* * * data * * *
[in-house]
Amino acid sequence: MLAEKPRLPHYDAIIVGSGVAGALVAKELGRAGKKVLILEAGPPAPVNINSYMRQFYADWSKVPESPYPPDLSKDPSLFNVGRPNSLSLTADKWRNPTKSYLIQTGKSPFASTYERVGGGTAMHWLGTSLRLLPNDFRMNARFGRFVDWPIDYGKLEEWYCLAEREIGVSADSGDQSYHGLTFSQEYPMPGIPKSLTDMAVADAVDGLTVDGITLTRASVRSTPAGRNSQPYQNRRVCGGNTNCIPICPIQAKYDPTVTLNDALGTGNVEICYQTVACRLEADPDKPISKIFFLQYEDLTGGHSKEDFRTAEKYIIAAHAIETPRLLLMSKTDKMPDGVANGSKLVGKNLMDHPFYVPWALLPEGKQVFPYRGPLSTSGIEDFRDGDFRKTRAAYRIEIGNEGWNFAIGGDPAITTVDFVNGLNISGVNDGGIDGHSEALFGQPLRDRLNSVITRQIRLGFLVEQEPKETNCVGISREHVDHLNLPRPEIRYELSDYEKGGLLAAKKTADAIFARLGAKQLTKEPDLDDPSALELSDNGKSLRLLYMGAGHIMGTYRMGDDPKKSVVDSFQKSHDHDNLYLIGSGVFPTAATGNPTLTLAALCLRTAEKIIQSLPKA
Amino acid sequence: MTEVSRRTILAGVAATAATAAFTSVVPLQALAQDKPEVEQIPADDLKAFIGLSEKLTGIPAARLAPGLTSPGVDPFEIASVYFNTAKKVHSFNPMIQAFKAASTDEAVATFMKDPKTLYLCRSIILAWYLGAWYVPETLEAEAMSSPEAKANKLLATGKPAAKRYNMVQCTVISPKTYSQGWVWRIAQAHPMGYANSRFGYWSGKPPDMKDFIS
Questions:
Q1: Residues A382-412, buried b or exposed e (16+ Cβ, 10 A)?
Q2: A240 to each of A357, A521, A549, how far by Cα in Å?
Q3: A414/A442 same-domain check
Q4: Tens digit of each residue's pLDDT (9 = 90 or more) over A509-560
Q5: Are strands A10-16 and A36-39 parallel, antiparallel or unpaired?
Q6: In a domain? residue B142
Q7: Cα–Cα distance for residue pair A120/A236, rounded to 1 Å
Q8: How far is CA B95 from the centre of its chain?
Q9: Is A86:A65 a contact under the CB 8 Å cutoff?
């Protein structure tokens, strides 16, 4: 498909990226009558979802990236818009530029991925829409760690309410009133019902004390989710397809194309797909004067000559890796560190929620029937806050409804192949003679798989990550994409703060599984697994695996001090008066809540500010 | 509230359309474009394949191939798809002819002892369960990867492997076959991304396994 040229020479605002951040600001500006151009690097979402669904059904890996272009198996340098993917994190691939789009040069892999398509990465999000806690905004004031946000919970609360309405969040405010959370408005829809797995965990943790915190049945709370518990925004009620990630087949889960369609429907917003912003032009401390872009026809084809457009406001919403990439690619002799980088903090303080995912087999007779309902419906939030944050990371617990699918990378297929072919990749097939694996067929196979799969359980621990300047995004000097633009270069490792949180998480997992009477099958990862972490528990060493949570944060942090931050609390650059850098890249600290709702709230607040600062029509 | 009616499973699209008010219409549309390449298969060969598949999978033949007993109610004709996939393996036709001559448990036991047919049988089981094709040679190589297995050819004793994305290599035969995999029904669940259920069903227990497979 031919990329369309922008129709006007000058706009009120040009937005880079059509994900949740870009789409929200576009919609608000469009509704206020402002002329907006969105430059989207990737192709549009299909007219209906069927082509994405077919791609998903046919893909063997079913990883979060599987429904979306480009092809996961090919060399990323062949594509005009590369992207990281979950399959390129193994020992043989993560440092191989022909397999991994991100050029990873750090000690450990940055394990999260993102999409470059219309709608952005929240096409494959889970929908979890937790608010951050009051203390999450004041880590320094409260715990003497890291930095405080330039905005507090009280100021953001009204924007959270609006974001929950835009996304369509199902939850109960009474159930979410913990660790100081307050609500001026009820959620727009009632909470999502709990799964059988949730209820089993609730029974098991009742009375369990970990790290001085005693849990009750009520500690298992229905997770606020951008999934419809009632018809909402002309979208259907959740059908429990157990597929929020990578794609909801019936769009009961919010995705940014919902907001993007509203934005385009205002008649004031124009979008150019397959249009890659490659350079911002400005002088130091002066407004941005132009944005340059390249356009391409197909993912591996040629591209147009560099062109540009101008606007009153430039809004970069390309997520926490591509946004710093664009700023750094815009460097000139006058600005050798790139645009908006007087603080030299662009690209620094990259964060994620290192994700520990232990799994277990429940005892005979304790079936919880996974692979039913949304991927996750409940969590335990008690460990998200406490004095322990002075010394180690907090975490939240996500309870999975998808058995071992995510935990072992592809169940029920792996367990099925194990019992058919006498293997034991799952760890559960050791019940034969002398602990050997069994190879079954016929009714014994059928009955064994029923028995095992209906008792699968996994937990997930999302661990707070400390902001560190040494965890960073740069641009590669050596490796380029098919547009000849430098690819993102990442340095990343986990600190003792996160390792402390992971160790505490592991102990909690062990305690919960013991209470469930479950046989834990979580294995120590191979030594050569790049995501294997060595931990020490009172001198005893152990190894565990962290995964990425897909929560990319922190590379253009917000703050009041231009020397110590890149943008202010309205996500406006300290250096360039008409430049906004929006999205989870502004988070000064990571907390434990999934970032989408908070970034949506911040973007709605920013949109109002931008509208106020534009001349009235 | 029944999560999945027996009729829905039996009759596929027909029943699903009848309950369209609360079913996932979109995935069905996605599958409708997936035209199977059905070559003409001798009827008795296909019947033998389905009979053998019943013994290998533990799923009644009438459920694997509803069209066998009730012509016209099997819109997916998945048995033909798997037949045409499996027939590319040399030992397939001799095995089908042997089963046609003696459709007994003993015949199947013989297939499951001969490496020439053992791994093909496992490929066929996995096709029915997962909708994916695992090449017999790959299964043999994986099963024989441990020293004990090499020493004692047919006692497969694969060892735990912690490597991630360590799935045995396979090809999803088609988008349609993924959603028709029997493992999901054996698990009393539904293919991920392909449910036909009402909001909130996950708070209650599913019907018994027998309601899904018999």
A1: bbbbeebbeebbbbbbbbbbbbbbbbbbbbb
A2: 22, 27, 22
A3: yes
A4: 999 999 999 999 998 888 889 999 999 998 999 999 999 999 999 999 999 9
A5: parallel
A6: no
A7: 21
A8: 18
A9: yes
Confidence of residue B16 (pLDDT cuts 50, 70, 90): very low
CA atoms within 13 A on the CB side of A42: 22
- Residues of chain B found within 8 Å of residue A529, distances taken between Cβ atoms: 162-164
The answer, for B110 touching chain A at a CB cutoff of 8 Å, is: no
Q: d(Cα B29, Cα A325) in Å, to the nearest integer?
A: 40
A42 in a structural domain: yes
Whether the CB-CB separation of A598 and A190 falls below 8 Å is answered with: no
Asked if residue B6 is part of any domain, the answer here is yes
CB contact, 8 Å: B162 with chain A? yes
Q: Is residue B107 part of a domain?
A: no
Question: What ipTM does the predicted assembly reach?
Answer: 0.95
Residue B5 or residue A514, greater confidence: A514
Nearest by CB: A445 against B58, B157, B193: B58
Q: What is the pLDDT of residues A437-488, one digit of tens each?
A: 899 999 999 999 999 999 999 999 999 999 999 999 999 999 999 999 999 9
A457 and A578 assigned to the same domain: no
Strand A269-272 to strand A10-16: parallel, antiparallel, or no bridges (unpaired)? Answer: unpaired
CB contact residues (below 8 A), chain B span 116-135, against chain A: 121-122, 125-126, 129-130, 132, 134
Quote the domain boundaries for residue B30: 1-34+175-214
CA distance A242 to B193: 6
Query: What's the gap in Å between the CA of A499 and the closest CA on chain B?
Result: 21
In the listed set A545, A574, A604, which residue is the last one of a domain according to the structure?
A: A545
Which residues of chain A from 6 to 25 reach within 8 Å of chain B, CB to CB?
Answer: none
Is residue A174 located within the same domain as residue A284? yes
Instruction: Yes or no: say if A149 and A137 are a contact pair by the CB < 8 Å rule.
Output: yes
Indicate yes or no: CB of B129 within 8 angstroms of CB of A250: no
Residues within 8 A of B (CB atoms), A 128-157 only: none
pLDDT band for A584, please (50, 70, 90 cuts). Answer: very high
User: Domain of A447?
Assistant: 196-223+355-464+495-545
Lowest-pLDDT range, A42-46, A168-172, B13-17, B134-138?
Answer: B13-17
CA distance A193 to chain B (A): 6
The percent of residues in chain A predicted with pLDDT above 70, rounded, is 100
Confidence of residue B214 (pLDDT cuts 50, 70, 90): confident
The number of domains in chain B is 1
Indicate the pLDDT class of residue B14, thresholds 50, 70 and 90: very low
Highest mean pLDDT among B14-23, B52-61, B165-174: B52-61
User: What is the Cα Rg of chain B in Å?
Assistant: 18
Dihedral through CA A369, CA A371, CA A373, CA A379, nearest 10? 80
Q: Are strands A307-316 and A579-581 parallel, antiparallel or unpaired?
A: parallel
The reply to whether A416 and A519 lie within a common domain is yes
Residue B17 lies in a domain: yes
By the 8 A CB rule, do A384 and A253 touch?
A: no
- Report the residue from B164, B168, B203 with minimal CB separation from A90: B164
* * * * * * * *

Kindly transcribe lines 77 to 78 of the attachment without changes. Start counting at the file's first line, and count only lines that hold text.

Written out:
A: no
- Report the residue from B164, B168, B203 with minimal CB separation from A90: B164